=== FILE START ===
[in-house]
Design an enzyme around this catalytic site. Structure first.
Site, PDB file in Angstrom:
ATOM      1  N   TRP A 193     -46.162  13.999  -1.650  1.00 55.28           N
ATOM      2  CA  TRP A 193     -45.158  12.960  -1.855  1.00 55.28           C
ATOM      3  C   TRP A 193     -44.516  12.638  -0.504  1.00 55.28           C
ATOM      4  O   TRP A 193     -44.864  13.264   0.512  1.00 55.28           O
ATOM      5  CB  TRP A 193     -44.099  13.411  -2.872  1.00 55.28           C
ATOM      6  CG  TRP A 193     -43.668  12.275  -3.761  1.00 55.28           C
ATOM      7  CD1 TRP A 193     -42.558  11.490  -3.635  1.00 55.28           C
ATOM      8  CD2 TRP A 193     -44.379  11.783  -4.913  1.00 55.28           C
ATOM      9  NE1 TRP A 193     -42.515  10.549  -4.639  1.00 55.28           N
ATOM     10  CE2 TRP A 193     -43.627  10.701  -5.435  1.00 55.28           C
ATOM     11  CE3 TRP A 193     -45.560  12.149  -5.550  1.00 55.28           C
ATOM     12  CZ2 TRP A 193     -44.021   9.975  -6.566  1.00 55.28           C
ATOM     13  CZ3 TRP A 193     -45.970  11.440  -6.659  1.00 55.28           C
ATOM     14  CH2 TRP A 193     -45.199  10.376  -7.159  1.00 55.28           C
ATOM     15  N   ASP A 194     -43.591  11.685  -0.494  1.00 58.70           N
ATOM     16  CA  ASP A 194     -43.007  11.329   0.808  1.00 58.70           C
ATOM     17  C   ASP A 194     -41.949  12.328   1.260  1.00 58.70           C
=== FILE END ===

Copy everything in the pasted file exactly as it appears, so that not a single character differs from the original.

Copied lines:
[in-house]
Design an enzyme around this catalytic site. Structure first.
Site, PDB file in Angstrom:
ATOM      1  N   TRP A 193     -46.162  13.999  -1.650  1.00 55.28           N
ATOM      2  CA  TRP A 193     -45.158  12.960  -1.855  1.00 55.28           C
ATOM      3  C   TRP A 193     -44.516  12.638  -0.504  1.00 55.28           C
ATOM      4  O   TRP A 193     -44.864  13.264   0.512  1.00 55.28           O
ATOM      5  CB  TRP A 193     -44.099  13.411  -2.872  1.00 55.28           C
ATOM      6  CG  TRP A 193     -43.668  12.275  -3.761  1.00 55.28           C
ATOM      7  CD1 TRP A 193     -42.558  11.490  -3.635  1.00 55.28           C
ATOM      8  CD2 TRP A 193     -44.379  11.783  -4.913  1.00 55.28           C
ATOM      9  NE1 TRP A 193     -42.515  10.549  -4.639  1.00 55.28           N
ATOM     10  CE2 TRP A 193     -43.627  10.701  -5.435  1.00 55.28           C
ATOM     11  CE3 TRP A 193     -45.560  12.149  -5.550  1.00 55.28           C
ATOM     12  CZ2 TRP A 193     -44.021   9.975  -6.566  1.00 55.28           C
ATOM     13  CZ3 TRP A 193     -45.970  11.440  -6.659  1.00 55.28           C
ATOM     14  CH2 TRP A 193     -45.199  10.376  -7.159  1.00 55.28           C
ATOM     15  N   ASP A 194     -43.591  11.685  -0.494  1.00 58.70           N
ATOM     16  CA  ASP A 194     -43.007  11.329   0.808  1.00 58.70           C
ATOM     17  C   ASP A 194     -41.949  12.328   1.260  1.00 58.70           C